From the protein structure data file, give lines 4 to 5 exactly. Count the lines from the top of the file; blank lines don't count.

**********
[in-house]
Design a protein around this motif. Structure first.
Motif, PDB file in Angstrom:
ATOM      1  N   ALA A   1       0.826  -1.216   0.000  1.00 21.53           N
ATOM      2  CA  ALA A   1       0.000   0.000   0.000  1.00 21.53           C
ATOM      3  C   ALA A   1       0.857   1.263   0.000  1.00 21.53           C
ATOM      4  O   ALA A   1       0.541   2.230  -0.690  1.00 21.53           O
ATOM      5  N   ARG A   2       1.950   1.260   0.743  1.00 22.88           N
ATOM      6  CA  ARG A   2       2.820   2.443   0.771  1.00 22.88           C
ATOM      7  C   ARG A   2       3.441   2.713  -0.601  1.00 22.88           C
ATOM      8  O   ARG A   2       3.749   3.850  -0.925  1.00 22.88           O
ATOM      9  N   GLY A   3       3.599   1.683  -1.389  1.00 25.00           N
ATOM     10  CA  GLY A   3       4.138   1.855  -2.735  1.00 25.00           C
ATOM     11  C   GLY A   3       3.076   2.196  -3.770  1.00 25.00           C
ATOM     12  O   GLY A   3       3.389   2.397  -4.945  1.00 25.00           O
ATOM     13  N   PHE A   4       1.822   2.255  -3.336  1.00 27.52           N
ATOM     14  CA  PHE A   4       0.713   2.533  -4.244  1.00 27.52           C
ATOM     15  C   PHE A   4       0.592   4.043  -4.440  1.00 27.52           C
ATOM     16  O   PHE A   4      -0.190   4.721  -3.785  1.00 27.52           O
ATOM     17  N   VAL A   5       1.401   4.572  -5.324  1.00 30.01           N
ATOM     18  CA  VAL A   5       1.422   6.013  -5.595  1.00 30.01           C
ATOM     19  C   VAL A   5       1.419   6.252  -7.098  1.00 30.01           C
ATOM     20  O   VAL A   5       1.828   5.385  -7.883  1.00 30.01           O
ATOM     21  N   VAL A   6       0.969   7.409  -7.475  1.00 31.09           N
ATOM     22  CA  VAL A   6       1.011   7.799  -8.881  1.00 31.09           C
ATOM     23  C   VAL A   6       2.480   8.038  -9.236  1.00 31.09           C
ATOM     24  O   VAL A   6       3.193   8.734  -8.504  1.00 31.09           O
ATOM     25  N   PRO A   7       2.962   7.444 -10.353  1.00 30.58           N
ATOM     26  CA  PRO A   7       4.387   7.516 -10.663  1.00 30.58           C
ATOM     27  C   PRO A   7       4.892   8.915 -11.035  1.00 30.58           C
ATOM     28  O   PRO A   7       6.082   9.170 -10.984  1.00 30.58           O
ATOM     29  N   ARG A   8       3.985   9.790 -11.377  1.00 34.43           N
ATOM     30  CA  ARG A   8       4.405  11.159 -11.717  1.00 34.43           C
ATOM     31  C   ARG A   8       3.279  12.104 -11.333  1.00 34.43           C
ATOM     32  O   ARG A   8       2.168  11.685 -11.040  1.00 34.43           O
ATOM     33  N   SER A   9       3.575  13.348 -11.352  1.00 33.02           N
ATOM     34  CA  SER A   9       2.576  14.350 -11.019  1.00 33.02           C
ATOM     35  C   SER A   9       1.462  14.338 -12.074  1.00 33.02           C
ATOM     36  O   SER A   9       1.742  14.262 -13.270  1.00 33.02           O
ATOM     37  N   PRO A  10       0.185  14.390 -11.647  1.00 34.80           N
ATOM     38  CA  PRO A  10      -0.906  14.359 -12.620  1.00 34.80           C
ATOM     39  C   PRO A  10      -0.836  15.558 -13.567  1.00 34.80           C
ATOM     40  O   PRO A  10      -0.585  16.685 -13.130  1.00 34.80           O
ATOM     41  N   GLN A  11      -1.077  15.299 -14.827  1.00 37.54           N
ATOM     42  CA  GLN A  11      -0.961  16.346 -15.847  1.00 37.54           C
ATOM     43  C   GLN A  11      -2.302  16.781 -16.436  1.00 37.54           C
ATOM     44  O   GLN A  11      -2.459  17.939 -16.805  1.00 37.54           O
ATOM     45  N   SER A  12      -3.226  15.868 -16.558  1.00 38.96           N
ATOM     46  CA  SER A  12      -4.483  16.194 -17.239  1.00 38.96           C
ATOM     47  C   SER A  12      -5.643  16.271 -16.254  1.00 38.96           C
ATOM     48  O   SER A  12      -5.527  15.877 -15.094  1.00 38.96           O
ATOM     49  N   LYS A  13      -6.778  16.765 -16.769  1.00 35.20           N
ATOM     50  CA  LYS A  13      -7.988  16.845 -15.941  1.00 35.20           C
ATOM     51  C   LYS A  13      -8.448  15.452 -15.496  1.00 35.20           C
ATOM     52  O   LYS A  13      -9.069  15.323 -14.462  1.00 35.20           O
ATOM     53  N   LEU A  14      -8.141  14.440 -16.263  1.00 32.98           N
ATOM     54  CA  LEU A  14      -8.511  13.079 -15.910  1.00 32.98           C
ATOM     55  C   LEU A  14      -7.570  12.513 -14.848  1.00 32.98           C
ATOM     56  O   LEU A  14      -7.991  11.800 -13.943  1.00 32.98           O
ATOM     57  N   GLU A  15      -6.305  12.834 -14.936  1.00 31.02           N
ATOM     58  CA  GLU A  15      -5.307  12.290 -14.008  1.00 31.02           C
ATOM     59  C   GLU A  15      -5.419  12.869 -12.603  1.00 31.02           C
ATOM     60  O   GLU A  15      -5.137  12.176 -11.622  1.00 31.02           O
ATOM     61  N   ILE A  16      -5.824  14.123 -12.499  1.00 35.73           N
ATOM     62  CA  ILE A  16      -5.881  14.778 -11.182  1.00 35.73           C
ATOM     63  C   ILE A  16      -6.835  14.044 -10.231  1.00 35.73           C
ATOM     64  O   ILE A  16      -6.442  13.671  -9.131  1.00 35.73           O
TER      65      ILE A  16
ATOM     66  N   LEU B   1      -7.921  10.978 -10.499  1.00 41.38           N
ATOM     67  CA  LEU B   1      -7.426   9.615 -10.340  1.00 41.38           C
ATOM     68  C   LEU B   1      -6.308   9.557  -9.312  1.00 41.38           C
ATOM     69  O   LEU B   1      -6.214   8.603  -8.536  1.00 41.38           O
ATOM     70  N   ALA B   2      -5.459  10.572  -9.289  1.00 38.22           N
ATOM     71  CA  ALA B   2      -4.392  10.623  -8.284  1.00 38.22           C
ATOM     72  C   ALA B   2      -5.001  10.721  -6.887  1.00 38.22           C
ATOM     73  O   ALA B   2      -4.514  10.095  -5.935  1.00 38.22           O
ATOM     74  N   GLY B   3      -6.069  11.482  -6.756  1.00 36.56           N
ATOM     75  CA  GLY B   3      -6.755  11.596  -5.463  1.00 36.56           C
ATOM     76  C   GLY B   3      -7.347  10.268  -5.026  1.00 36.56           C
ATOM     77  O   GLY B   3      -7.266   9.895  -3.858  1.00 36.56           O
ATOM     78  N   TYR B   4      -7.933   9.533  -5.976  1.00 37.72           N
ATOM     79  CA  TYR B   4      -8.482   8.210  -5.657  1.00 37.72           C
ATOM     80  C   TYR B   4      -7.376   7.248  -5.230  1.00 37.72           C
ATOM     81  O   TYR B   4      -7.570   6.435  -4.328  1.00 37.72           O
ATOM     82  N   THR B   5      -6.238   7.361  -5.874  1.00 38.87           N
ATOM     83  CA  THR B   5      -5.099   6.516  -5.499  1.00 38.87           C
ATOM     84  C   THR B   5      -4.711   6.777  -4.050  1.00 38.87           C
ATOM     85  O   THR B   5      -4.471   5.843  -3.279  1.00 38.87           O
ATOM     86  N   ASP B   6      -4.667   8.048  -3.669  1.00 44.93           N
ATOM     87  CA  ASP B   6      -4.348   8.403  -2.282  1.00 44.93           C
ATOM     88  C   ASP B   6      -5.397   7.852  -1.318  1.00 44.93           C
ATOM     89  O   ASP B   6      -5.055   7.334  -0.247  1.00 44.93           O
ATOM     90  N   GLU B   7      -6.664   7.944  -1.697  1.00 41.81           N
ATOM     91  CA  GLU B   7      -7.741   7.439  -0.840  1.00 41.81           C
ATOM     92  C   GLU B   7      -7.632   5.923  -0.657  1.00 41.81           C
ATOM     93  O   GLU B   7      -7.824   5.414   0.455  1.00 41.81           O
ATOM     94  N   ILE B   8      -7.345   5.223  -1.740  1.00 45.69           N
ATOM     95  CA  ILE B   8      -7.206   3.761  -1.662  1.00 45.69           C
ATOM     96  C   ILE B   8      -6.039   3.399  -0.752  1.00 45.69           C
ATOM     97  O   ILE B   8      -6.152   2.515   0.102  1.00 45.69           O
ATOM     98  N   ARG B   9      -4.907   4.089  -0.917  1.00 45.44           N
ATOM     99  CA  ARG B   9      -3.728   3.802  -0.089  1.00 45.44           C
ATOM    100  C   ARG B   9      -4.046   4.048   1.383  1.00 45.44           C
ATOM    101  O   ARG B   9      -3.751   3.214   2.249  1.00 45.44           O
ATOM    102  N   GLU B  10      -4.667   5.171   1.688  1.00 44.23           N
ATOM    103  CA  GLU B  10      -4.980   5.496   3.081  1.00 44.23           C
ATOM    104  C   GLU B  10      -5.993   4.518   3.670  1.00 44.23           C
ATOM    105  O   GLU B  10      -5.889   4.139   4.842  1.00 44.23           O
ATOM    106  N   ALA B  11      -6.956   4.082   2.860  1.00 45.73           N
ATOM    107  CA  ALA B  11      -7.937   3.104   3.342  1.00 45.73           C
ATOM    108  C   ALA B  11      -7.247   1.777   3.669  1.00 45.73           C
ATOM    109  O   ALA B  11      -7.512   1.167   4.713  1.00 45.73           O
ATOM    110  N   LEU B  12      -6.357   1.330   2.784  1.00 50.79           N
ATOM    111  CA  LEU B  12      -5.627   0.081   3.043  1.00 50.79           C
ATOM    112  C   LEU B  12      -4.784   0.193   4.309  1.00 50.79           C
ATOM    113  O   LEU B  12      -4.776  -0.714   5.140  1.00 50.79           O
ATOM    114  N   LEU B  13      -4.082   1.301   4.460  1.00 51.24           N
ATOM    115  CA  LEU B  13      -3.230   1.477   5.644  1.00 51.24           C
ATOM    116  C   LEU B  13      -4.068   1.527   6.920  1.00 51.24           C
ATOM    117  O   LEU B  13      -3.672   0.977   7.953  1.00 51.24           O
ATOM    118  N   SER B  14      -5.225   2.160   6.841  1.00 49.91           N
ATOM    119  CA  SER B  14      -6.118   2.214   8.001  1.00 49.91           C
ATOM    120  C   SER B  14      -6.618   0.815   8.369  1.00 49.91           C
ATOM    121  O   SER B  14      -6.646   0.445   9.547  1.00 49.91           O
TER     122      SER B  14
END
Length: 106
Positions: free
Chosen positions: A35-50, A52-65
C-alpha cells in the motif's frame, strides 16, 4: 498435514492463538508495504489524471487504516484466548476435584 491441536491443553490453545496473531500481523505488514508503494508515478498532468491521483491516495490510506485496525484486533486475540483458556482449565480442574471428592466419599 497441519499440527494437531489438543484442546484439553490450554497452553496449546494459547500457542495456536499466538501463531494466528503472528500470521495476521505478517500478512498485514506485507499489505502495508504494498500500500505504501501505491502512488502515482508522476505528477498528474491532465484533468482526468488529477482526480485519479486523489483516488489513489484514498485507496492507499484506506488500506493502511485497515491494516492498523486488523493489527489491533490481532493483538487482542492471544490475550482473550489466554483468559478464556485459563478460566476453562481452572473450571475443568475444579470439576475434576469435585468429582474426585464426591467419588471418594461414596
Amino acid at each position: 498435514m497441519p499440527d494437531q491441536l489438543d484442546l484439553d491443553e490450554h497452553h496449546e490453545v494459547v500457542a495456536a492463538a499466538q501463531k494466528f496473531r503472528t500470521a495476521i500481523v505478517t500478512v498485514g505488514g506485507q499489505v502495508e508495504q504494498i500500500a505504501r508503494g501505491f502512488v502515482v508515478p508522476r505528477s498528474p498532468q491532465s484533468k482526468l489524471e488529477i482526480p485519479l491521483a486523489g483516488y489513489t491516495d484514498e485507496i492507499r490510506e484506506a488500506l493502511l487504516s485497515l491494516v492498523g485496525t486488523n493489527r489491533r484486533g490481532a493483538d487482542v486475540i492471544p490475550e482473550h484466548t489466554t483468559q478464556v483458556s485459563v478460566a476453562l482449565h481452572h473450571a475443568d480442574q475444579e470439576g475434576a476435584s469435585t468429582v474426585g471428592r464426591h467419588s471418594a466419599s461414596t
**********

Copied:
ATOM      1  N   ALA A   1       0.826  -1.216   0.000  1.00 21.53           N
ATOM      2  CA  ALA A   1       0.000   0.000   0.000  1.00 21.53           C